Clear Water

Northern pike tend to thrive in clear water, especially if the lake has a good weed line.  Because pike are sight feeders, clear water gives them a big advantage over their prey.  Northern pike can see their prey from a distance and move in to attack in just seconds.

Northern pike are usually found deeper in clear water compared to murky water.  If a lake has a lot of fishing pressure, pike can easily move into water as deep as 20 to 40 feet deep.  Even when the pike are feeding in the shallows, they tend to be found slightly deeper than you would find them in murky water.  One exception to this is the spawn.  During the spring, you can still find plenty of pike in water deep enough to just barely cover their back in clear water.  They may be more cautious, but their instincts cause them to come into some very shallow water just after ice out.

Use Natural Colors

Natural-colored baits appear more realistic in clear water.  Stay with natural colors that closely resemble what the pike are actually eating and you will get more bites.

On Sunny Days, Fish Deeper

On sunny days, pike will usually be found much deeper, except for the spring time during the spawn.  Early in the year, deeper water may be 8 to 12 feet deep, however, from summer through fall, deeper water can easily be 20 to 40 feet of water.  Learn how to fish deeper and you’ll do much better when fishing clear water.

Fish Low light Conditions

Pike are sight feeders for the most part, so the clear water actually helps them quite a bit. In murky water, low light conditions can actually make the bite more difficult.  In clear water, it can be the opposite.  Because the water is so clear, pike won’t need as much light to help them find an easy meal.  During the low light conditions, you will usually find some active pike in shallower water.  Instead of fishing 20 to 40 feet of water, you may find some active fish in 8 to 12 feet of water or 10 to 15 feet of water, which makes covering water a lot easier.

Use Fluorocarbon Line

Using lighter line will help anglers get more bites in clear water, but that isn’t really an option when fishing for toothy critters such as pike because they will just bite you off. Fluorocarbon line is close to invisible under water, so going with this type of line is a much better option than going with lighter line.  Line your spools with fluorocarbon line or at the very least, a fluorocarbon leader and this will will help you catch a lot more northern pike in clear water.

Fish Faster

At times, faster-moving lures will work well in clear water because the faster movement gives them less time to figure out that your lure is not real.  They either eat what passes by them or they go hungry.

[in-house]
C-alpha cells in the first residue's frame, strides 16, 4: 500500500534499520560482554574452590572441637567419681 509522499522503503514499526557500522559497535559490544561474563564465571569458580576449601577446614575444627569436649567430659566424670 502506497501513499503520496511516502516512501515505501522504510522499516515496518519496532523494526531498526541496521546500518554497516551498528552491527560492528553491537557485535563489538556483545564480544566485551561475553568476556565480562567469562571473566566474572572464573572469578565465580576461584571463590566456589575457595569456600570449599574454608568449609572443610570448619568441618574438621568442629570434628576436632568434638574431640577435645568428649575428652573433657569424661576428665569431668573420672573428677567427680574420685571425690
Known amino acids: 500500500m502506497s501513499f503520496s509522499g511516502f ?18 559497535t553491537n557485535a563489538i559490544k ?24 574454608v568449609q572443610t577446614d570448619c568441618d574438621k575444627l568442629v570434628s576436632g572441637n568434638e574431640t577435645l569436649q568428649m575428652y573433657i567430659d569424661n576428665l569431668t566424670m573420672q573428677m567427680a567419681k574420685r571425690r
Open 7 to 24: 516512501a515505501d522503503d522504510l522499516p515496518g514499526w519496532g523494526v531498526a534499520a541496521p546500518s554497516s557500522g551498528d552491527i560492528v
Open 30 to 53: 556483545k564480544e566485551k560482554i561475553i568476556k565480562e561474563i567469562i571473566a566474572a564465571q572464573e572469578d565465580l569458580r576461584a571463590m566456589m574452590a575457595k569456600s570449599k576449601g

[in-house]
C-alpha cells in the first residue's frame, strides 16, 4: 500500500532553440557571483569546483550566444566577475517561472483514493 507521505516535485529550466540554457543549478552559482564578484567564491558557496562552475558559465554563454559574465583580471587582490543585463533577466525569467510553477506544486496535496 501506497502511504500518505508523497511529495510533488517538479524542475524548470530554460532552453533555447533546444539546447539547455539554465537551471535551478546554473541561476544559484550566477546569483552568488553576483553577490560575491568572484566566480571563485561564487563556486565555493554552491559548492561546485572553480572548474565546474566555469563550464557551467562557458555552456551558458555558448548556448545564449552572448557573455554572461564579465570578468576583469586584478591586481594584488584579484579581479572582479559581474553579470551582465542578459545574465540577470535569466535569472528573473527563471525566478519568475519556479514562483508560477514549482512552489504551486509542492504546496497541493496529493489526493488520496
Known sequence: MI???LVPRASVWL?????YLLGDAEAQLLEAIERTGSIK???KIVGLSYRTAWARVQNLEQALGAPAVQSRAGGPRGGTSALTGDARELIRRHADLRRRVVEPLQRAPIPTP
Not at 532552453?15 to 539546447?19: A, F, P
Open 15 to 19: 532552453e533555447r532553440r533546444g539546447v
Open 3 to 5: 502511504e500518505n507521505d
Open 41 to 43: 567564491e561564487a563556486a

Live Bait Can Help

Don’t rule out live bait either when fishing gets really tough.  A live minnow may be needed to fool them into biting.

When All Else Fails, Finesse it Up

Lighter line is usually not a great tip for pike fishing because pike have sharp teeth and they will bite you off.  However, you can get away with lighter line if you go with a much lighter rod.  However, if you use a much lighter rod, you aren’t going to get very good hook sets unless you fish vertical.  You aren’t going to have much success in clear water fishing vertical unless you fish deeper.

As you can see, there are a lot of howevers when fishing with light line and northern pike.
So let me help make this easier for you.

Light Line Pike Fishing Technique

Use 10 to 12 lb. Line

Go with Fluorocarbon Line

Use a Light Action Rod – This is So Important

Fish Vertical

Fish Deeper

Use Live Bait or Soft Plastics

Make Sure Plenty of Hook is Exposed – Also Important

Easy on the Hook Set

Light Drag – Super Important

There are a lot of variables here, but if you do it correctly, you can still catch plenty of fish this way.  You do have to let the fish run quite a bit for this to work, so we don’t recommend using this technique with high water temperatures.

Water Temperature May Also Cause Additional Stress With This Technique

With light line, a bigger fish is going to make several long runs.  This isn’t as much of a concern for catch and release when water temperatures are cool, but in the middle of summer with surface temperatures rising above 80 degrees, we don’t recommend using this technique because you’re going to end up killing a lot of bigger fish that should be released back into the lake.

If you are looking to catch a few fish for the dinner table, there is nothing wrong with this technique in the heat of the summer.  Just make sure not to go too big with your baits so you can attract more of those mid 20s to 30 inch fish that many anglers prefer to keep for the dinner table.